Previous blog posts (Visits to Pitcairn Island, August 2020, and Ships’ Logs from the 1870’s, December 2020) introduced you to Capt David Alba Scribner, my great grandfather. His last sea voyage was on the clipper ship, Henry B Hyde, and unfortunately, it was the most difficult sea voyage of his career. David was at the end of a forty year career as the master of many sea voyages including forty-three hazardous trips around the cold and bitter Cape Horn of South America.
In late 1899, Captain Scribner sailed the 2,500 ton clipper ship, Henry B Hyde, from the port in Norfolk, Virginia with a load of coal to make his way around the Horn and then on to Honolulu, Hawaii. A Brunswick, Maine newspaper account, recalls that during the voyage the coal in the hold of the ship caught on fire, and the ship was at risk of sinking if the fire burned through the hull:
“It is a singular fact that that the last voyage made by Capt. Scribner brought to him the worst experiences in his sea-faring career. Having sailed out of Norfolk on the Ship Henry B. Hyde with coal for Honolulu, he was off Cape Horn when he found that the ship and cargo were on fire, the result of spontaneous combustion.
Over a thousand miles from the nearest port and in latitude famous for its gales, the situation was a most desperate one. Capt. Scribner set at work throwing the coal overboard to get at the fire, but after two days of hard work, the smoke and gas made it impossible for the men to live below decks, and he headed the ship for Valparaiso, Chili, 1400 miles away. It was a battle for life. While constantly prepared to take to the boats, the heavy weather made such a course suicidal and they kept up the fight. Ten days after the fire was discovered, the ship arrived in Valparaiso. Capt. Scribner had burned his hands severely and lack of suitable care resulted in blood poisoning. The surgeons told him that amputation of his hands was the only thing that could save his life, but Capt. Scribner thought differently and recovered without their assistance.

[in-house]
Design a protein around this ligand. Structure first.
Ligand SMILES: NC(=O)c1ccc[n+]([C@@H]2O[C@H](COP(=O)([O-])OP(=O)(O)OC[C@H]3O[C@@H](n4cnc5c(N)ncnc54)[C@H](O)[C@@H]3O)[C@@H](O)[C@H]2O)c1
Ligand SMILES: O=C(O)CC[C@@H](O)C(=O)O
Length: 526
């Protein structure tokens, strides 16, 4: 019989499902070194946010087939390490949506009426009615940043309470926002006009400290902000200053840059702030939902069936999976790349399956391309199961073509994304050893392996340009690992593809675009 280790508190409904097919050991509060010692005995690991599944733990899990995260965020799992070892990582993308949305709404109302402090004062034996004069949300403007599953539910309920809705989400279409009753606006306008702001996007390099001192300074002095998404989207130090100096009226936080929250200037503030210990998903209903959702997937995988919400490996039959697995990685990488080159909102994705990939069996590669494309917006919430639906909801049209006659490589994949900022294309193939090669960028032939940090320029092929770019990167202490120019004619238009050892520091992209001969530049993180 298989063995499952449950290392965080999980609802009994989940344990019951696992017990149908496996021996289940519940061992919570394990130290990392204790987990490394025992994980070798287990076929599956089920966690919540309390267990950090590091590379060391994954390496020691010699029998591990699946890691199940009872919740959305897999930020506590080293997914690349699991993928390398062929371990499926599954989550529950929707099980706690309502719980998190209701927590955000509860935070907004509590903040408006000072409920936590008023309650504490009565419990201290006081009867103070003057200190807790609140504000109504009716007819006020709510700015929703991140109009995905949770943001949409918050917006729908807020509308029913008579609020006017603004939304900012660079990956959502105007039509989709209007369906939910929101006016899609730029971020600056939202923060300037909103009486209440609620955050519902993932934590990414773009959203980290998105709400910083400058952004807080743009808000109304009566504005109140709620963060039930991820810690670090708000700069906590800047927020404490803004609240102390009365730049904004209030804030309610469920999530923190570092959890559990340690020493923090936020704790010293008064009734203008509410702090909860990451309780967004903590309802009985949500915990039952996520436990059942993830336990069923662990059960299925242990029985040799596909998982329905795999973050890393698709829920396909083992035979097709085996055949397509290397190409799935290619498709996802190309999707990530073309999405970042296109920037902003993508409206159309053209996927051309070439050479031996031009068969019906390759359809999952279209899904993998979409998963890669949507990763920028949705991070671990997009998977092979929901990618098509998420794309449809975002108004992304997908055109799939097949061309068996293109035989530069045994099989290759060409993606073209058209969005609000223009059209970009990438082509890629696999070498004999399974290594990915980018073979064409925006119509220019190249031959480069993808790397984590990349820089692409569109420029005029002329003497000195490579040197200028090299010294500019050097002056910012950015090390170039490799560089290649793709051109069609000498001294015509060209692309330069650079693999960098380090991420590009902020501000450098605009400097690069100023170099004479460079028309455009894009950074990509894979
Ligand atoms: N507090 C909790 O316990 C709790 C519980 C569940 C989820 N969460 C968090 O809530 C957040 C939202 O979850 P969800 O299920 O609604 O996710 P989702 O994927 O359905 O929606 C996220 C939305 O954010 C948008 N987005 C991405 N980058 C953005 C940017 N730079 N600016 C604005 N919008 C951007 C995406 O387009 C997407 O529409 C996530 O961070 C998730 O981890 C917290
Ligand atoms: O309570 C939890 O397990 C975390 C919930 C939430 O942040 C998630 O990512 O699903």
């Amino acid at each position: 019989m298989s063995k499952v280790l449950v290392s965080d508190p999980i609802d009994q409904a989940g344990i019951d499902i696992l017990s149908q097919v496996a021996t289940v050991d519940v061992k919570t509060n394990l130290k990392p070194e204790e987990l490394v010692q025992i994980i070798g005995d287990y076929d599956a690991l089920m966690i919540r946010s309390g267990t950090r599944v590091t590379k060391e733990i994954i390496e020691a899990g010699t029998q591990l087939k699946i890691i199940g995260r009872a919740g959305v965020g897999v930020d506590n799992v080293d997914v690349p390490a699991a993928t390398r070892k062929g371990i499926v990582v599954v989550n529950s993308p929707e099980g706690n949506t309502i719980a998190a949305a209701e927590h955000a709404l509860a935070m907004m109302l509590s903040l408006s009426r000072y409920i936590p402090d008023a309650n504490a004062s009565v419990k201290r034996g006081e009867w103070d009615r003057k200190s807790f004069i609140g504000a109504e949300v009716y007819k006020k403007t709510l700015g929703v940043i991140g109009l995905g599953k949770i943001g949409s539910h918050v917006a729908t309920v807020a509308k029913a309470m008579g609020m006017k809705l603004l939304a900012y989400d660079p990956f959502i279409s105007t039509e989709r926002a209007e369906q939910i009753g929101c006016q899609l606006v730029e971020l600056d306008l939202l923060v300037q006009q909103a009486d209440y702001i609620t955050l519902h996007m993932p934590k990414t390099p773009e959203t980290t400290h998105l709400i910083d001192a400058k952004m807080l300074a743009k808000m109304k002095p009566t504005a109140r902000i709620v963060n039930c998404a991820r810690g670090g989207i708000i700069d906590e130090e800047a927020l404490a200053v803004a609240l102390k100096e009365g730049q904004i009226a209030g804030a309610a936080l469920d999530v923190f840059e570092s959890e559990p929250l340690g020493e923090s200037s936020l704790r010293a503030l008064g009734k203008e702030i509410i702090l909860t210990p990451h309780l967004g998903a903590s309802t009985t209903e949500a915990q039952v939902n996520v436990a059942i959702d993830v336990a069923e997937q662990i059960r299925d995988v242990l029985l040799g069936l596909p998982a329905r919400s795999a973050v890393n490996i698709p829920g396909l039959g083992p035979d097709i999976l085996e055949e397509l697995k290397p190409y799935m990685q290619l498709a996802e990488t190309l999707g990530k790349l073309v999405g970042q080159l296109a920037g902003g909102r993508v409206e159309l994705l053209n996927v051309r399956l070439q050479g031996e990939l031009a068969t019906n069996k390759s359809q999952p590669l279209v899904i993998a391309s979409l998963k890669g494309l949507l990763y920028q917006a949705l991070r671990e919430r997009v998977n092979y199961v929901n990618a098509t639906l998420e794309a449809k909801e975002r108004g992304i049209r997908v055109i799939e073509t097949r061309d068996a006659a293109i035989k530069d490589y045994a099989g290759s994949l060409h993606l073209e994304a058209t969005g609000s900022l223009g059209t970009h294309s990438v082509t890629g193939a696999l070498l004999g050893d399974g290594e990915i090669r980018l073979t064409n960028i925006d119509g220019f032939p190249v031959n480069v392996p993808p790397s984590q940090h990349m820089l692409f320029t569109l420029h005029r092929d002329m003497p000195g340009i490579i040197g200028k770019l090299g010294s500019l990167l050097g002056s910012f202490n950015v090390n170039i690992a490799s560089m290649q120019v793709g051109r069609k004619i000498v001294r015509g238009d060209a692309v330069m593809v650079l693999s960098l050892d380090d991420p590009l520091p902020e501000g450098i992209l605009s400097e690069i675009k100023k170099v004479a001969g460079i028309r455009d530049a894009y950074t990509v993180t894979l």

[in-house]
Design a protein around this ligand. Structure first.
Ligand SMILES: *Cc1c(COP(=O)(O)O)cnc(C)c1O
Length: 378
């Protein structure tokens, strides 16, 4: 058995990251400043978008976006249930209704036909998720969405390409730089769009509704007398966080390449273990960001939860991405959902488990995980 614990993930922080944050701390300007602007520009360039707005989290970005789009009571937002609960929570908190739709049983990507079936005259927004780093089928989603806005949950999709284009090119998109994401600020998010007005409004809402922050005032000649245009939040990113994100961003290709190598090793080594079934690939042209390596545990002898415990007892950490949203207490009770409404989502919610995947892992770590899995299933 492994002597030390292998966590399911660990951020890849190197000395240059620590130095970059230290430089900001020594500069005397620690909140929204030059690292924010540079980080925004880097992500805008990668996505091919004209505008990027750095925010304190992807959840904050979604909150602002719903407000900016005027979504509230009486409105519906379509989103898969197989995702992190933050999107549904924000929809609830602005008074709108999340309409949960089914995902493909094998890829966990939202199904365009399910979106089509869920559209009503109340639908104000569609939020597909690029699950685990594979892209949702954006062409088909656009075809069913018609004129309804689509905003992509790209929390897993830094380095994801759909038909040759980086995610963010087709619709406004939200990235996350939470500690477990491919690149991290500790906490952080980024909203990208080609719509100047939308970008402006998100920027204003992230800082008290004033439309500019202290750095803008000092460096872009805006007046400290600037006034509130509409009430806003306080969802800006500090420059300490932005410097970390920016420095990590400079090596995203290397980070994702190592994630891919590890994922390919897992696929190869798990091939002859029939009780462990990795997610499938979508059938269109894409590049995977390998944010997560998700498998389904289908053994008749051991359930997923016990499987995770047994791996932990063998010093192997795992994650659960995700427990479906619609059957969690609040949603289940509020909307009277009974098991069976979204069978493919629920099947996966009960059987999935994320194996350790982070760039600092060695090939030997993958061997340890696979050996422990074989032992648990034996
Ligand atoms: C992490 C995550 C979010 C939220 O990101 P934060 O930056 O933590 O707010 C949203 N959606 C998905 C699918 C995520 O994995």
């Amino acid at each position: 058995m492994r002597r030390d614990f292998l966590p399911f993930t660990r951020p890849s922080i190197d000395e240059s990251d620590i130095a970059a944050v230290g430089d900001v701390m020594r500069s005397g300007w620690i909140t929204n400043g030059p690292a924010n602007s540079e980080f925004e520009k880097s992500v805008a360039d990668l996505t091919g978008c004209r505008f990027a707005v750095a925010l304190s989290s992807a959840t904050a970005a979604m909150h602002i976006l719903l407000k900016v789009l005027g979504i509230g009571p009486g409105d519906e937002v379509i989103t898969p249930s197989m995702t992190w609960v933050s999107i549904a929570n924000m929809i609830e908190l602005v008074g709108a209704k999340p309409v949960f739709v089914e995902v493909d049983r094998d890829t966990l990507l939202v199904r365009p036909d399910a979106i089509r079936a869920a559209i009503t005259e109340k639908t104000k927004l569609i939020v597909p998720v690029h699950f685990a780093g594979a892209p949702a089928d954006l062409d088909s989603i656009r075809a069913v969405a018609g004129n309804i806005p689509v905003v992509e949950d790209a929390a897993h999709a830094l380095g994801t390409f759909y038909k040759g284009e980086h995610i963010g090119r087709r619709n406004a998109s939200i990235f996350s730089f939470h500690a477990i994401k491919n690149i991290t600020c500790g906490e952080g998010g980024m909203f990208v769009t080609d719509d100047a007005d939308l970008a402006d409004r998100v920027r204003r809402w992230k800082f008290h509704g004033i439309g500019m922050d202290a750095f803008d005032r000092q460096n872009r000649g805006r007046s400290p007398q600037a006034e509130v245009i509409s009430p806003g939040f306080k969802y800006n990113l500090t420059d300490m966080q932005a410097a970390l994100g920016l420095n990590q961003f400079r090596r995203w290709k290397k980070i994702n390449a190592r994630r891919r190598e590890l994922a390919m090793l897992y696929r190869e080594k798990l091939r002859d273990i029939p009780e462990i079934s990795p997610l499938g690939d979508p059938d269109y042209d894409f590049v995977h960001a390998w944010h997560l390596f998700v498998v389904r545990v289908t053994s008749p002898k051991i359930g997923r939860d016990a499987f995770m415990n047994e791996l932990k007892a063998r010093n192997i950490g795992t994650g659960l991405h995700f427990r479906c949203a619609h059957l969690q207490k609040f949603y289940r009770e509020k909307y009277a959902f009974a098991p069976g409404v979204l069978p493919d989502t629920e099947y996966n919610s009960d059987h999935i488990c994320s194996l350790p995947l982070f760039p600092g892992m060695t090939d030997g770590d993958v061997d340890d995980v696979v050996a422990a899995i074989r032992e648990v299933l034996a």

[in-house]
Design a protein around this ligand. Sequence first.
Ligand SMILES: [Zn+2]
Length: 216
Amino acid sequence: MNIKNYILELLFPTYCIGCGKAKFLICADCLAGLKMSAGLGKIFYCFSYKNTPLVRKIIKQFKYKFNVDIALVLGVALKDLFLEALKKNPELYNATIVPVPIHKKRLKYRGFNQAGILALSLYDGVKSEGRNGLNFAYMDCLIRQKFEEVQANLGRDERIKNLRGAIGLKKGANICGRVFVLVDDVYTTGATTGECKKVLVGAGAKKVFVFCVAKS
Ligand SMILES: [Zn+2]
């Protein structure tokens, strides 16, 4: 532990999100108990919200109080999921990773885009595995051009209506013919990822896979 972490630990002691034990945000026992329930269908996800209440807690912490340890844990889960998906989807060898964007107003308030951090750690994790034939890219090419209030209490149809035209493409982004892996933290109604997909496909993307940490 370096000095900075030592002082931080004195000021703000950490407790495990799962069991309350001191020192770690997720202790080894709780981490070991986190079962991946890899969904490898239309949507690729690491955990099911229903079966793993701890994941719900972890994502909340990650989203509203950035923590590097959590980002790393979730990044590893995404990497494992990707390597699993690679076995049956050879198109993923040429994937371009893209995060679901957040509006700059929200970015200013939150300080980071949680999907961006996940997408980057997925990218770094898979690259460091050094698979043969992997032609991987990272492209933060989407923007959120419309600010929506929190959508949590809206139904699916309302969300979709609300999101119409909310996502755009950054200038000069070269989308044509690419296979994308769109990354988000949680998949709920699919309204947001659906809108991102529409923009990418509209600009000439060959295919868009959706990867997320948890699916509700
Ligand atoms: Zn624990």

Having arrived in port, they filled the ship as full of water as possible, and drowned out the fire, which was mostly in the bottom of the ship. Two thousand tons of coal were discharged to ascertain the damage, and it was found to be more serious than was anticipated, but the ship was allowed to proceed to Honolulu, her destination, with half of the cargo.
After repairing the ship in Honolulu, Capt. Scribner turned her over to the California owners who had bought her while on the passage out. He took steam passage to San Francisco and came home.” – excerpt from “Forty Years of Sea Life” news story in the Brunswick Record newspaper; October 2, 1903.
Another newspaper accounting of the tragic voyage records that “Capt. Scribner deserves great praise for getting his vessel into port against the most adverse conditions, and thereby saving the entire crew. For many days they, captain, officers and men, were all fighting the fire in the cargo, and a furious gale blowing all the time. Cape Horn is justly the sailors’ terror.” – Sailors Magazine, May 1900.
The clipper ship, Henry B Hyde; an oil painting by Antonio Jacobsen, 1896; http://blueworldwebmuseum.org/